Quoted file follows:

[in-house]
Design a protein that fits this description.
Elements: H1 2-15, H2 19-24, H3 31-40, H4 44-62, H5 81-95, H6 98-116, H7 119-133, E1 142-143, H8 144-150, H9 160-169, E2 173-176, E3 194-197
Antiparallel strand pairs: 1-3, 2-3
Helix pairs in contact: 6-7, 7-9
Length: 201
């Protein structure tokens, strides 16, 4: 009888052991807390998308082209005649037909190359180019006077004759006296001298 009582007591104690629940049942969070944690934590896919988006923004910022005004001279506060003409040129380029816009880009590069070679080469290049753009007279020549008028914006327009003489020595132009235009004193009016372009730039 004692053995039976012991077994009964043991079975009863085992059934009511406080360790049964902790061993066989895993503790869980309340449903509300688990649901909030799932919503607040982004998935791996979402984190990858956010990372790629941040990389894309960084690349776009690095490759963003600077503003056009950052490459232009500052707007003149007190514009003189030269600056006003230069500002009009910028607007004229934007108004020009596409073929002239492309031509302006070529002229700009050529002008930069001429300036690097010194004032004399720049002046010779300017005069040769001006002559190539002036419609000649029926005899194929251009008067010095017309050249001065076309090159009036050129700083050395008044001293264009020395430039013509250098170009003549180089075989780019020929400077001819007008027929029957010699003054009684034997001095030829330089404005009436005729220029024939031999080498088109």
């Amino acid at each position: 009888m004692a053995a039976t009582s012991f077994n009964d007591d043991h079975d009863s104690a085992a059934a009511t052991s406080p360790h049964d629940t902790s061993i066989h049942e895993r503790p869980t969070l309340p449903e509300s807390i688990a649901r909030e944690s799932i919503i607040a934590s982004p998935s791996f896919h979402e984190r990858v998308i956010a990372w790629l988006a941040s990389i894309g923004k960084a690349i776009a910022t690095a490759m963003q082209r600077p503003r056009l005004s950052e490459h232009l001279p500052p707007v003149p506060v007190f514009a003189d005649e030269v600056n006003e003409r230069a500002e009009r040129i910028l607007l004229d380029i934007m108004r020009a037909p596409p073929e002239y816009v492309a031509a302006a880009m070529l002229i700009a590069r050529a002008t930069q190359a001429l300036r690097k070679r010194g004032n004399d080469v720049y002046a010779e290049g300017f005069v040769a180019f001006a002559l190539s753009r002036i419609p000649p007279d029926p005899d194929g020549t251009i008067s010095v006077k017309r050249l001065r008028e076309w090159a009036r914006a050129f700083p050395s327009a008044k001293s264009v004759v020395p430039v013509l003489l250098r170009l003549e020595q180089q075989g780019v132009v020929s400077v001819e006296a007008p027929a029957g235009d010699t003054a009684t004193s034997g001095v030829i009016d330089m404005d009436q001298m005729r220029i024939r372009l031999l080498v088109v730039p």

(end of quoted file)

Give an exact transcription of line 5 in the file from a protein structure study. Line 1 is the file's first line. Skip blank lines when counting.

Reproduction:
Helix pairs in contact: 6-7, 7-9